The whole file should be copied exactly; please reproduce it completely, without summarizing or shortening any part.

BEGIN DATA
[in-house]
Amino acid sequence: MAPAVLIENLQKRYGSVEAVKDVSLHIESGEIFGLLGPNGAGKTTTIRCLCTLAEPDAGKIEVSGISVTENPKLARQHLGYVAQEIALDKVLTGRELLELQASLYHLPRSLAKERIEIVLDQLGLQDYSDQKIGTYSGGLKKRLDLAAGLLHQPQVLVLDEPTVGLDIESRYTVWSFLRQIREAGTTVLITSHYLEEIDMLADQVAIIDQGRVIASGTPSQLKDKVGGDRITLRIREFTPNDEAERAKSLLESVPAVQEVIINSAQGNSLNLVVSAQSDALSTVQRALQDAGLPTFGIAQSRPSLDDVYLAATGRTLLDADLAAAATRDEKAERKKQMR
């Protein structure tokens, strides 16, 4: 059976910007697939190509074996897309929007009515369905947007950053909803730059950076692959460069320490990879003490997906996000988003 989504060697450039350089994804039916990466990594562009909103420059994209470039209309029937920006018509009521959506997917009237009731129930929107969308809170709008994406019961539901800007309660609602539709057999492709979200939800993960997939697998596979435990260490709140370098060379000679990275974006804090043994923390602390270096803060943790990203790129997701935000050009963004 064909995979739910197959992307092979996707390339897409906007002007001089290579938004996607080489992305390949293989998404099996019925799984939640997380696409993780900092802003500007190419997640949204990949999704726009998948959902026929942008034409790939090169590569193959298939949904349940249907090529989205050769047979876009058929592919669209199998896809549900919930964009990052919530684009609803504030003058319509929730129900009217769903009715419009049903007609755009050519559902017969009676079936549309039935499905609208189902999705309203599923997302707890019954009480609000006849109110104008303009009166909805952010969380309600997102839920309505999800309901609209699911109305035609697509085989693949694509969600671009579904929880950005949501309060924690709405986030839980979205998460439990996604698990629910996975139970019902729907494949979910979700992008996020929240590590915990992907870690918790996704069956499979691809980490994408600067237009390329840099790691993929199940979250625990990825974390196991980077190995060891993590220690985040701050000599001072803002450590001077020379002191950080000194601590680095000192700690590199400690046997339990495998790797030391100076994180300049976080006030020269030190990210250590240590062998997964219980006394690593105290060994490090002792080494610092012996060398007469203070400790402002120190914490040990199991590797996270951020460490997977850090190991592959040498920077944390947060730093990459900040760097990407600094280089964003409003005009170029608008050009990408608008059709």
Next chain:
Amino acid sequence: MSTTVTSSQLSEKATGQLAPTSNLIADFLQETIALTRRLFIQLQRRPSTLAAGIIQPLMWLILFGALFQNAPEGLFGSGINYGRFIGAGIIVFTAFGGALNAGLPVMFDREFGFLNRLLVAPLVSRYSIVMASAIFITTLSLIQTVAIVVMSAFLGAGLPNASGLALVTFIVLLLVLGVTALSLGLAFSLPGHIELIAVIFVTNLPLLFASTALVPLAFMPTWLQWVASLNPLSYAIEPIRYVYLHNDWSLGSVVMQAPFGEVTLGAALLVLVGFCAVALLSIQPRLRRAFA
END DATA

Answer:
[in-house]
Amino acid sequence: MAPAVLIENLQKRYGSVEAVKDVSLHIESGEIFGLLGPNGAGKTTTIRCLCTLAEPDAGKIEVSGISVTENPKLARQHLGYVAQEIALDKVLTGRELLELQASLYHLPRSLAKERIEIVLDQLGLQDYSDQKIGTYSGGLKKRLDLAAGLLHQPQVLVLDEPTVGLDIESRYTVWSFLRQIREAGTTVLITSHYLEEIDMLADQVAIIDQGRVIASGTPSQLKDKVGGDRITLRIREFTPNDEAERAKSLLESVPAVQEVIINSAQGNSLNLVVSAQSDALSTVQRALQDAGLPTFGIAQSRPSLDDVYLAATGRTLLDADLAAAATRDEKAERKKQMR
């Protein structure tokens, strides 16, 4: 059976910007697939190509074996897309929007009515369905947007950053909803730059950076692959460069320490990879003490997906996000988003 989504060697450039350089994804039916990466990594562009909103420059994209470039209309029937920006018509009521959506997917009237009731129930929107969308809170709008994406019961539901800007309660609602539709057999492709979200939800993960997939697998596979435990260490709140370098060379000679990275974006804090043994923390602390270096803060943790990203790129997701935000050009963004 064909995979739910197959992307092979996707390339897409906007002007001089290579938004996607080489992305390949293989998404099996019925799984939640997380696409993780900092802003500007190419997640949204990949999704726009998948959902026929942008034409790939090169590569193959298939949904349940249907090529989205050769047979876009058929592919669209199998896809549900919930964009990052919530684009609803504030003058319509929730129900009217769903009715419009049903007609755009050519559902017969009676079936549309039935499905609208189902999705309203599923997302707890019954009480609000006849109110104008303009009166909805952010969380309600997102839920309505999800309901609209699911109305035609697509085989693949694509969600671009579904929880950005949501309060924690709405986030839980979205998460439990996604698990629910996975139970019902729907494949979910979700992008996020929240590590915990992907870690918790996704069956499979691809980490994408600067237009390329840099790691993929199940979250625990990825974390196991980077190995060891993590220690985040701050000599001072803002450590001077020379002191950080000194601590680095000192700690590199400690046997339990495998790797030391100076994180300049976080006030020269030190990210250590240590062998997964219980006394690593105290060994490090002792080494610092012996060398007469203070400790402002120190914490040990199991590797996270951020460490997977850090190991592959040498920077944390947060730093990459900040760097990407600094280089964003409003005009170029608008050009990408608008059709």
Next chain:
Amino acid sequence: MSTTVTSSQLSEKATGQLAPTSNLIADFLQETIALTRRLFIQLQRRPSTLAAGIIQPLMWLILFGALFQNAPEGLFGSGINYGRFIGAGIIVFTAFGGALNAGLPVMFDREFGFLNRLLVAPLVSRYSIVMASAIFITTLSLIQTVAIVVMSAFLGAGLPNASGLALVTFIVLLLVLGVTALSLGLAFSLPGHIELIAVIFVTNLPLLFASTALVPLAFMPTWLQWVASLNPLSYAIEPIRYVYLHNDWSLGSVVMQAPFGEVTLGAALLVLVGFCAVALLSIQPRLRRAFA